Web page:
The Iveco Stralis NP has been ranked as the most fuel efficient truck when compared to its key rivals, according to tests carried out by European truck magazines.
The gas-powered Stralis NP 460 uses 15% less fuel than a diesel equivalent. It also does without AdBlue, providing further savings.
More than 3,000 Stralis NP are being used in the fleets of more than 400 logistics operators on the major European transport route and Iveco has already registered more than 1,000 orders in 12 European countries just eight months after its launch.
The diesel-powered Stralis 480 XP also ranked among the top performers in the tests.
Pierre Lahutte, Iveco brand president, said: “We knew our latest Stralis 480 XP was very good and positioned already among the top market players in terms of fuel efficiency, but our Stralis NP 460 achieved breakthrough results in recent tests conducted by leading European publications in real driving conditions. It tops the ranking with a significant margin over all traditional diesel trucks.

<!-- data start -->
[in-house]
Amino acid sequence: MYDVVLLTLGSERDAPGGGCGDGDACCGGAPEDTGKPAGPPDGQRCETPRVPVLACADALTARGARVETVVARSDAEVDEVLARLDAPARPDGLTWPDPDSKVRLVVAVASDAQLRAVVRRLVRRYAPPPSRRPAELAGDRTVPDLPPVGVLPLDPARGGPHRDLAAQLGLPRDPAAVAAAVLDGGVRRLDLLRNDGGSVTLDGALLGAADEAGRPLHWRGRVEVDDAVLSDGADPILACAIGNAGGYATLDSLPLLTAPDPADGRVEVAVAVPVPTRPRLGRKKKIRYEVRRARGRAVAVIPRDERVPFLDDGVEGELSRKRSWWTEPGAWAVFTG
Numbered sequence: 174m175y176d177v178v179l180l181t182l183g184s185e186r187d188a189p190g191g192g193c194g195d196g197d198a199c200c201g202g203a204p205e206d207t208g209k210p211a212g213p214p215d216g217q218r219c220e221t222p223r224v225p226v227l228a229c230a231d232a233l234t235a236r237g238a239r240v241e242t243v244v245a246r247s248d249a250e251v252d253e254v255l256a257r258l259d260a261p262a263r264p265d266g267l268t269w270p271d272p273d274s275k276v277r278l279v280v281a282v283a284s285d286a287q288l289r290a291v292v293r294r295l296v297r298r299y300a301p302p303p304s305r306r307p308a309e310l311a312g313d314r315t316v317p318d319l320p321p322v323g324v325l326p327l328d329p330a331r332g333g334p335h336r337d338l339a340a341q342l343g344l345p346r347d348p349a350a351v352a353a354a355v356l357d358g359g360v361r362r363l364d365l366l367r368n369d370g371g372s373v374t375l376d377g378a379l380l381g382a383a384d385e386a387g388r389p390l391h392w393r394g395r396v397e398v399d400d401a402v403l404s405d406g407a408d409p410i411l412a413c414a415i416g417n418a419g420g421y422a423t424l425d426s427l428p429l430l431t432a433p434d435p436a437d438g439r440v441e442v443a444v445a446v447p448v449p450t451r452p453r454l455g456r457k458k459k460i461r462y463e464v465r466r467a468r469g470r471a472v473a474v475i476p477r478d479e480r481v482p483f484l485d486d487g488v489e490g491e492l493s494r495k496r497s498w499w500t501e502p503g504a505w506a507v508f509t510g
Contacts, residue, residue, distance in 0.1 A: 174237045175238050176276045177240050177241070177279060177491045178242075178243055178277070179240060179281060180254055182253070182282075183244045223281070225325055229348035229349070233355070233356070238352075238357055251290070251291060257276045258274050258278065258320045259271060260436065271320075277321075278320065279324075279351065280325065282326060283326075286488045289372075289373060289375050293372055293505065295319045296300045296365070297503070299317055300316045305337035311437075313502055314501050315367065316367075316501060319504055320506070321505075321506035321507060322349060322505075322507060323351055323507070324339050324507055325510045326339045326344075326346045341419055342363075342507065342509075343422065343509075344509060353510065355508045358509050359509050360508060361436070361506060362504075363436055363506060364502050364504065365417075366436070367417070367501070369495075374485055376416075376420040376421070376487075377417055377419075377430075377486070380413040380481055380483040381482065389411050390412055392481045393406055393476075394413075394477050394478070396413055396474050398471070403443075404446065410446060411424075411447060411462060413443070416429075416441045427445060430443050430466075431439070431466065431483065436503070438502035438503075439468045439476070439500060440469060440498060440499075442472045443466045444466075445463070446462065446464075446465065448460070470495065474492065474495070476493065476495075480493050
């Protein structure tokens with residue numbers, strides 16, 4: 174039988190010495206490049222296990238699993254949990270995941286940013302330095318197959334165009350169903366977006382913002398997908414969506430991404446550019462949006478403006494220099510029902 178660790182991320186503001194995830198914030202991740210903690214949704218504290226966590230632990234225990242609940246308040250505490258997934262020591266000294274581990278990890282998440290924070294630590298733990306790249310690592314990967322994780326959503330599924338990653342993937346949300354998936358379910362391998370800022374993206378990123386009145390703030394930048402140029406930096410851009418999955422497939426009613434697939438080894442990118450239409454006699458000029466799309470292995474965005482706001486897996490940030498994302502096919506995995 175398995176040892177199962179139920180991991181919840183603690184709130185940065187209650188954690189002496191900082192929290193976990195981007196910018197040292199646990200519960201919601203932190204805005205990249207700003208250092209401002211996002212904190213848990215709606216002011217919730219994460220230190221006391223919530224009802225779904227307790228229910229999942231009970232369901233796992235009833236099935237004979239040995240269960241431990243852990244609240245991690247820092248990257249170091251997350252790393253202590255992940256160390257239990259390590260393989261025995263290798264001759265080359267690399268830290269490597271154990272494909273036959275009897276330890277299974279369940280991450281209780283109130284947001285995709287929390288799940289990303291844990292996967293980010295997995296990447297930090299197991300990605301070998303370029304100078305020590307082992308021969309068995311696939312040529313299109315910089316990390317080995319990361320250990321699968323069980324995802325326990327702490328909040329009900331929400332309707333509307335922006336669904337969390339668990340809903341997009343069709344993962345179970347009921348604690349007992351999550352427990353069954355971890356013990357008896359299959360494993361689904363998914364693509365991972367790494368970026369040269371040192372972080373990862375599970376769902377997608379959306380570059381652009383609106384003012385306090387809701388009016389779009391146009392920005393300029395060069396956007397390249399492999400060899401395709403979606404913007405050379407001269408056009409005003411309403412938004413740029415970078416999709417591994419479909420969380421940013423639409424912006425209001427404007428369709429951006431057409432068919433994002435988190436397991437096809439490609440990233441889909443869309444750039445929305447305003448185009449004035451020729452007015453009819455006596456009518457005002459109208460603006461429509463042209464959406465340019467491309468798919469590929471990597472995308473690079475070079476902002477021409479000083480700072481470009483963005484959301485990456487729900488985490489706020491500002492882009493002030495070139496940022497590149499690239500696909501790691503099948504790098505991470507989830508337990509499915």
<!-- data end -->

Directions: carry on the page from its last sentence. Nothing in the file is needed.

"The tests confirmed the resulting savings for the owner compared to the diesel equivalent, with no compromise on performance and better comfort due to the quiet operation and lower vibrations.
“In a year, a Stralis NP 460 clocking up 150,000 km can deliver savings in excess of 10,000 euro on the owner’s TCO compared to an equivalent truck running on diesel and urea.”
The Stralis NP 460 has a range of up to 1,000 miles and delivers a performance that is equal to an equivalent diesel truck.
Iveco says logistics operators looking to convert their fleets to natural gas can rely on a fast expanding LNG distribution network, supported by European Commission initiatives such as the Blue Corridors Project and government incentives introduced across Europe to encourage the widespread use of natural gas and biomethane in transport.
The network today covers the main European freight routes with over 150 refuelling stations and is expected to reach more than 300 stations by the end of 2018. This development is accompanied by an increase in the production and transport capacity of LNG to meet the growing demand.